Familial Predisposition For Salivary Gland Cancer

Mohd Sadiq   by Mohd Sadiq, MS, Bioinformatics    Last updated on December 7, 2018,

familial predisposition

 

Salivary gland cancer

Salivary gland cancers account for 2–4% of all head and neck malignity. The diversity of subtypes and the relative rarity of salivary gland cancers pose difficulties in diagnostics, treatment, and prediction, and complicate studies evaluating potential predisposing factors or familial predisposition.

The salivary gland cancer may be associated with several probable risk factors, such as environmental factors and unhealthy lifestyles. Individuals may also show variable intrinsic abilities to detoxify carcinogens associated with environmental factors. Salivary gland tumors are usually associated with ionizing radiations. Malignant tumors prevail in patients with a history of radiotherapy, the most common subgroup of which is mucoepidermoid carcinoma (minor salivary gland malignancy is usually found in adults).

Familial predisposition: Do we know what causes salivary gland cancer?

Like any other cancer, salivary gland cancer is also caused by changes in the DNA inside of the cells. DNA is the chemical in each of our cells that makes up genes. DNA can increase or decrease the risk for developing certain diseases, such as some kinds of cancer.

Scientists don’t yet know all of the changes that occur in DNA to result in salivary gland cancer, but recent research has identified some gene changes that are often found in these types of cancers.

It is found that salivary gland cancer does not generally run in families. Therefore, familial disposition is not very prominent. Most of the DNA changes that cause this cancer are not usually inherited from a person’s parents. These changes are rather likely to occur during a person’s lifetime only. These changes could be random events that happen inside our body cells, without having an outside cause, and sometimes the cause might be quite evident such as body’s exposure to certain types of radiations or carcinogens (cancer-causing chemicals).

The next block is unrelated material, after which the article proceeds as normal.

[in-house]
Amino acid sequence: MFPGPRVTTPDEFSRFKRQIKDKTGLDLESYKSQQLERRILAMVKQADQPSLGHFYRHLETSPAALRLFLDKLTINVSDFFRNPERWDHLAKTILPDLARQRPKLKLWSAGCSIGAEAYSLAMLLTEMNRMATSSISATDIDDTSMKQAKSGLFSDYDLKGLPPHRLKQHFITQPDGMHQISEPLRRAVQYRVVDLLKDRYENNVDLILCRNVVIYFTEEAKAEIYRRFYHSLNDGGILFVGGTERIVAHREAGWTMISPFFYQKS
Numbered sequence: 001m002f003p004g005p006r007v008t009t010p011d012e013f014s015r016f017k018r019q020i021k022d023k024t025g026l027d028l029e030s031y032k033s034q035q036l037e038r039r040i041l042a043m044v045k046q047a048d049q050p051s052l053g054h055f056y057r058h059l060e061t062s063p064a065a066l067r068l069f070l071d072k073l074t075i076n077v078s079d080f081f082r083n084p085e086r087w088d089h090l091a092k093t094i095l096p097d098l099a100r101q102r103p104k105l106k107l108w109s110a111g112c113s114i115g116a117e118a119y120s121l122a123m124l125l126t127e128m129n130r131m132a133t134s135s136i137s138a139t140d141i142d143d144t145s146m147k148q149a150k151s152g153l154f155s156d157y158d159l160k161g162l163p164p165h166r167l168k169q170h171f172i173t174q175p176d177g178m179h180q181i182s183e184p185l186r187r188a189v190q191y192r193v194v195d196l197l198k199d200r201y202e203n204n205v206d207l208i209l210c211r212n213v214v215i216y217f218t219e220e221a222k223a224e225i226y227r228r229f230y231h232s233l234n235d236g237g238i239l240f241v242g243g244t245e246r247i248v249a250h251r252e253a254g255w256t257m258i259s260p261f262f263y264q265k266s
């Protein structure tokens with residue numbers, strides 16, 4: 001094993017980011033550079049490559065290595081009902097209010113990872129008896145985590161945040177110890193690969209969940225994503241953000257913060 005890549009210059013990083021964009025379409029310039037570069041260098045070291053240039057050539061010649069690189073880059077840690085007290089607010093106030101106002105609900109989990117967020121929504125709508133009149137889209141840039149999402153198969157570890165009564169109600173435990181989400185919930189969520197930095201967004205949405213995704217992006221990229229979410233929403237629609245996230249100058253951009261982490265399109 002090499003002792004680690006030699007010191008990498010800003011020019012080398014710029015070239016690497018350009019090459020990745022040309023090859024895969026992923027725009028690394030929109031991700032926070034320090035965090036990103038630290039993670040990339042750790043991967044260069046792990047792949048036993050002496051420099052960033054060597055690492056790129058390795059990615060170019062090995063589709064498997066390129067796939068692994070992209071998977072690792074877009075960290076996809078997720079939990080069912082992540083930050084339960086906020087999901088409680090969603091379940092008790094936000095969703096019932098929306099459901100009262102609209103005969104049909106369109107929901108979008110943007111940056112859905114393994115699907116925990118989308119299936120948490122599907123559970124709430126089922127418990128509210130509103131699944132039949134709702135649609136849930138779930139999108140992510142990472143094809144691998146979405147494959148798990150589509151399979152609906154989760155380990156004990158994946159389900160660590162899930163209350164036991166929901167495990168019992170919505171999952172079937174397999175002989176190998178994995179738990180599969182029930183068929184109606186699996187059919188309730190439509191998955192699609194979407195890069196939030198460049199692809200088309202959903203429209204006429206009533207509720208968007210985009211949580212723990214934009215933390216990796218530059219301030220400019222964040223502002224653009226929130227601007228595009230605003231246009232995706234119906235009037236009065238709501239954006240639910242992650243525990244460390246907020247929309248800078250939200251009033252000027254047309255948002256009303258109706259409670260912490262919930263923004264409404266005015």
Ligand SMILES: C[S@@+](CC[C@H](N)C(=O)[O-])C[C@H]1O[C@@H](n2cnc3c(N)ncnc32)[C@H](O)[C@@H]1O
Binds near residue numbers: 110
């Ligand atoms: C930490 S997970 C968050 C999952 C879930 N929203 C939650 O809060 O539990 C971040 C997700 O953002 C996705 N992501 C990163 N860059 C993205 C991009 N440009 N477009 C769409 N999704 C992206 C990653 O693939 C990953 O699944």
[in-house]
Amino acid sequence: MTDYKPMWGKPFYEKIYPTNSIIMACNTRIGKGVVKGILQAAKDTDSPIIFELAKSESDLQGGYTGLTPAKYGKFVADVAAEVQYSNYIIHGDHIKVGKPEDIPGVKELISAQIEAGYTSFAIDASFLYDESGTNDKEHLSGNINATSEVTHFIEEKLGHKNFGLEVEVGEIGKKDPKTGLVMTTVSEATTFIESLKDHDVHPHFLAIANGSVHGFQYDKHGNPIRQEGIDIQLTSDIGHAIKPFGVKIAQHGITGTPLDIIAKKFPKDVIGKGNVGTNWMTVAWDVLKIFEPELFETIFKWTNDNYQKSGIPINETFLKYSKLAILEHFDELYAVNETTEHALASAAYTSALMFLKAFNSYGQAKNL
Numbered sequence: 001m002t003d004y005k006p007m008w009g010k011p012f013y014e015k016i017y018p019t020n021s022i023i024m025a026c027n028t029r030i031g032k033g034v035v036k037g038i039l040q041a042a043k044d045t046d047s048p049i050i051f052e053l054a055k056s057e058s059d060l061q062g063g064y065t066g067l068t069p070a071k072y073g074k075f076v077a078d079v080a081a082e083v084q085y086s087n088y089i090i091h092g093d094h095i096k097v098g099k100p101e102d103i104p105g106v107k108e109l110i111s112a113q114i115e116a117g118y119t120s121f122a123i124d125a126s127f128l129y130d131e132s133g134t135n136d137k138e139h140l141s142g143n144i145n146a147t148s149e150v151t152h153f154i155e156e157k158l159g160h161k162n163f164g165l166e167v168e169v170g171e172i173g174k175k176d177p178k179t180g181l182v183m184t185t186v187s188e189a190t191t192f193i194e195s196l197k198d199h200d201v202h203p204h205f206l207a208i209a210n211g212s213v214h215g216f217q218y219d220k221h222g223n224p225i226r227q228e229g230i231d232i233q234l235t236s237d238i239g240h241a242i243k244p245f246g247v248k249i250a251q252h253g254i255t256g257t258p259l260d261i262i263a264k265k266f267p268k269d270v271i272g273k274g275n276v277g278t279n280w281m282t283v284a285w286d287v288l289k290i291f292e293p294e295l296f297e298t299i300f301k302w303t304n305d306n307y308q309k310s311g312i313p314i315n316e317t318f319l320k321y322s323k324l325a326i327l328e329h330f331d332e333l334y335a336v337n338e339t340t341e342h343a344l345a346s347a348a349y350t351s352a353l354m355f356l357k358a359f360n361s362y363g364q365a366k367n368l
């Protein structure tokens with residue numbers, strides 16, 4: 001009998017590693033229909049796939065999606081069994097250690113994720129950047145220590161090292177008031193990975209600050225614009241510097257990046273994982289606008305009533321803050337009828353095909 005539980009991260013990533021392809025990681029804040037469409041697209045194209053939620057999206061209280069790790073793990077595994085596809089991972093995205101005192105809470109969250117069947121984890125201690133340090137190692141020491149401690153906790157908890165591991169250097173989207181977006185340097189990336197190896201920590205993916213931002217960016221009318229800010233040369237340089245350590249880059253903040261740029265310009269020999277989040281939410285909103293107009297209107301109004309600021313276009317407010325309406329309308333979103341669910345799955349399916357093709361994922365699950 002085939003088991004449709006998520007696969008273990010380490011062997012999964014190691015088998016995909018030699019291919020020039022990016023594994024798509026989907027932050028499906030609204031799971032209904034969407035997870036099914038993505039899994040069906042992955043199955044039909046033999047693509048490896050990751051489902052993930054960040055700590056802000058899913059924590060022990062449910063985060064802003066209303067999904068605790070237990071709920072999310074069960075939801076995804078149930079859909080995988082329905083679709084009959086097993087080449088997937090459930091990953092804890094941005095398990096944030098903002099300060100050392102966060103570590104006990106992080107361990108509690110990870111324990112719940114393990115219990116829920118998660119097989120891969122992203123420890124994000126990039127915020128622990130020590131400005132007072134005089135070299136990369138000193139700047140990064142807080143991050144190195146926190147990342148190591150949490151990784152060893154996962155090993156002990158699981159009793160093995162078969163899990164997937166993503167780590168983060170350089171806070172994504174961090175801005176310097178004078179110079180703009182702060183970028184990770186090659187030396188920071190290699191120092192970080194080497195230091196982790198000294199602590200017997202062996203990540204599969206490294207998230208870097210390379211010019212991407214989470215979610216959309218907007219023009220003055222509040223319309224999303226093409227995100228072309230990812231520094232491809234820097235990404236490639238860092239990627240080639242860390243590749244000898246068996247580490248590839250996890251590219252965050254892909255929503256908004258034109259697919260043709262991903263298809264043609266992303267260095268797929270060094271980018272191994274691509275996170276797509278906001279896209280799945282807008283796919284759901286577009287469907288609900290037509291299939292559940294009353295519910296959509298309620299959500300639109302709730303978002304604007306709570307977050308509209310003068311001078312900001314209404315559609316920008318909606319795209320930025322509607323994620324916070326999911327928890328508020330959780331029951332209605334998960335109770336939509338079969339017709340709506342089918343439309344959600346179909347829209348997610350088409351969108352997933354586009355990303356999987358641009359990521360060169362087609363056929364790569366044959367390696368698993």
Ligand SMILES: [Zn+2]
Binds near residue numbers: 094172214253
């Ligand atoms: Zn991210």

Genetic research on salivary gland cancer

According to a new research conducted by Arthur G. James Cancer Hospital and Richard J. Solove Research Institute, The Ohio State University Comprehensive Cancer Center, the risk of developing cancer in a salivary gland might be higher in people with BRCA1 or BRCA2 gene mutations. These genes are allied with breast cancer and ovarian cancer. Study claims that women who inherit mutations in either of the two genes have a higher risk of ovarian and breast cancer than women without the mutation. Men with these gene mutations are also at higher risk of male breast cancer.

The retrospective study suggests that salivary gland occurs 17 times more often in people with inherited mutations in the BRCA1 and BRCA2 genes than those in the general population. The researchers explored a large BRCA gene mutation from the database maintained by the James Clinical Cancer Genetics Program for salivary gland cancers. The researchers spotted three cases of salivary gland cancer due to mutations in either the BRCA1 or BRCA2 gene.

Theodoros Teknos, MD, Professor and Chair of Otolaryngology, Director of Head and Neck Oncologic Surgery, suggested “I would like physicians and dentists to realize that BRCA mutations carry risks for salivary gland cancer as well as breast cancer, and to remember that salivary glands include not only the paired parotid glands and submandibular glands but also innumerable minor salivary glands in the oral cavity,”. Ongoing research suggests that individuals who carry a BRCA mutation require awareness towards this possible alliance.

“The finding should be considered during genetic counseling of families with inherited BRCA1 or BRCA2 mutations,” said Rebecca Nagy, MS, a certified genetic counselor and Clinical Associate Professor of Human Cancer Genetics at the OSUCCC – James. Patients with salivary gland cancer and their family members may be referred for BRCA testing in future to detect early onset of the disease. Carriers of BRCA gene mutations may experience investigation for salivary gland cancers.


The new study revealed observations as discussed above, which may be considered alongside other similarities between salivary glands and breast tissues for further evaluation and research in the area. The research and analysis into the nature of a possible linkage between BRCA gene mutations and salivary gland cancer is required for a better understanding of the two cancers.